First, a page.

USM’s executive director of public affairs Robert Caswell has announced that he will be retiring this June after working at USM for over 34 years. He responded to an inquiry from the Free Press reminiscing on his time at the university, and talked about some of his fondest memories.
After graduating USM in 1974 with a bachelor’s degree in history, Caswell set out to become a newspaper reporter in Maine. After working six years in the industry, he became interested in public relations and decided to see what job opportunities were available. Caswell first applied to USM in hopes of getting a job in public relations. Due to the fact that there was no such job title, he continued working as a newspaper reporter. Six months later, Caswell received a letter from the university inviting him to apply for an opening that had just been created, where he began his work in February of 1980.
“When I started here at USM, a career in public relations meant primarily that you worked with the news media. People who are in this career now are dealing with community relations, legislative relations, and internal/external communications,” Caswell said.
In 1980, USM was transitioning from a school of education to a five year teacher program baccalaureate. The program they were piloting was designed specifically for individuals who had already attended a four year program for another career, but wanted to become teachers, regardless of what their first degree was in.
Caswell believed the transition was a newsworthy topic. After a constant effort to promote the university’s transition through the Portland Press Herald with no result, he decided to talk to a writer for the New York Times.
Not long after, a huge feature story on the university ran in the newspaper. “The fondest memory I have while working at USM is picking up the Portland Press Herald and seeing that they had run it on the front page. After all the effort I had put it, it was nice to see they finally publicized it. That was just mind-blowing,” he said.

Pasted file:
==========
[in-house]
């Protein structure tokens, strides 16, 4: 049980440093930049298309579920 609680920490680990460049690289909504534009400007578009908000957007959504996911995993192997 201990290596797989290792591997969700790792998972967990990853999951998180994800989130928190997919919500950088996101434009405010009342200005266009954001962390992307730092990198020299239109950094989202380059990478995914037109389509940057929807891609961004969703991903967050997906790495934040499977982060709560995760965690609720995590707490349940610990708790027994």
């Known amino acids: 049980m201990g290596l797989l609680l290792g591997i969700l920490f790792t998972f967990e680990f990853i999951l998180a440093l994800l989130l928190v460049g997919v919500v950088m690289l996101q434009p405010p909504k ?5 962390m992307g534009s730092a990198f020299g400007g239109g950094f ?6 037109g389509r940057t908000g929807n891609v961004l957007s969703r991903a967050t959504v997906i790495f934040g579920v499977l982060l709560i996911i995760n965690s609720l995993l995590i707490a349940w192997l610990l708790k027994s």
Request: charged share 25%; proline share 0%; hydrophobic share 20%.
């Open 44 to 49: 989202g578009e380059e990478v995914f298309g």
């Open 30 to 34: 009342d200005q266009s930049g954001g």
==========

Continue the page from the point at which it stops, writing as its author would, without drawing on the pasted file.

When asked what he would miss the least, Caswell replied, “I’m not going to miss the communication challenges associated with budget problems and issues. I’ve welcomed that challenge time and time again, but I’m not going to miss that. I will, however, miss working with people across USM, who despite what we’re going through right now, are incredibly dedicated to this university.”
Over the years, Caswell has seen a lot of change happen on campus. “Working at USM has given me a much deeper appreciation for the value of higher education in terms of what it can do for individuals.”
Upon retiring, Caswell says he has no definite plans. “Well, the short honest answer is that I don’t have a clue. When I retire I will be almost 62 years old, so I’m still relatively young. My wife is also retiring, so I’m sure we’ll do something. It’s exciting and sort of scary at same time, but I’m looking forward to it.”
Caswell has a few words of wisdom to give to students before he retires in June. “Don’t give up on USM,” he said, “because you can really get a great education here and you can have the opportunity to work with faculty and staff who are deeply committed to their subject and this university.”
Although he is sad to be leaving, Caswell says he is ready for this next chapter in his life. “For all the challenges facing USM, someone once told me that working in public higher education is a privilege. Even though it was difficult at times, I’ve spent a wonderful 34 years here, and I’ve had a really good run.” As of right now, no decision has been made as to who will take his place.